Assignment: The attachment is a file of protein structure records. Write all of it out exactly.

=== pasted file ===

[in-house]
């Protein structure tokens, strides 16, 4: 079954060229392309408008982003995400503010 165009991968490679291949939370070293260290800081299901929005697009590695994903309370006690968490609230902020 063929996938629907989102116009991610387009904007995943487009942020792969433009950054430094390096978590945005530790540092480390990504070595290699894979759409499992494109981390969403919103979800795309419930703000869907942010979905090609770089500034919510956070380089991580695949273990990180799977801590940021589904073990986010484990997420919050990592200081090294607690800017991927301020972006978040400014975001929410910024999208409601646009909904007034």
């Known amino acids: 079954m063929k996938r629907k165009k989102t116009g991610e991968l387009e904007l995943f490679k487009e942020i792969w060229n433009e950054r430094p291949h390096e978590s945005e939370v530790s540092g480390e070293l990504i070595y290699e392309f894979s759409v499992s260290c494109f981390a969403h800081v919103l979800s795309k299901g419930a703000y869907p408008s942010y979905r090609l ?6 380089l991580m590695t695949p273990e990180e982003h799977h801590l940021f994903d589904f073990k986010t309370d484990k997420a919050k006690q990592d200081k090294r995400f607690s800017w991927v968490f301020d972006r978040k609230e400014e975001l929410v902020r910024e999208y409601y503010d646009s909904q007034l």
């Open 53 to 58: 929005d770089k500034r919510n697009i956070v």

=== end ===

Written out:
[in-house]
């Protein structure tokens, strides 16, 4: 079954060229392309408008982003995400503010 165009991968490679291949939370070293260290800081299901929005697009590695994903309370006690968490609230902020 063929996938629907989102116009991610387009904007995943487009942020792969433009950054430094390096978590945005530790540092480390990504070595290699894979759409499992494109981390969403919103979800795309419930703000869907942010979905090609770089500034919510956070380089991580695949273990990180799977801590940021589904073990986010484990997420919050990592200081090294607690800017991927301020972006978040400014975001929410910024999208409601646009909904007034």
């Known amino acids: 079954m063929k996938r629907k165009k989102t116009g991610e991968l387009e904007l995943f490679k487009e942020i792969w060229n433009e950054r430094p291949h390096e978590s945005e939370v530790s540092g480390e070293l990504i070595y290699e392309f894979s759409v499992s260290c494109f981390a969403h800081v919103l979800s795309k299901g419930a703000y869907p408008s942010y979905r090609l ?6 380089l991580m590695t695949p273990e990180e982003h799977h801590l940021f994903d589904f073990k986010t309370d484990k997420a919050k006690q990592d200081k090294r995400f607690s800017w991927v968490f301020d972006r978040k609230e400014e975001l929410v902020r910024e999208y409601y503010d646009s909904q007034l």
């Open 53 to 58: 929005d770089k500034r919510n697009i956070v």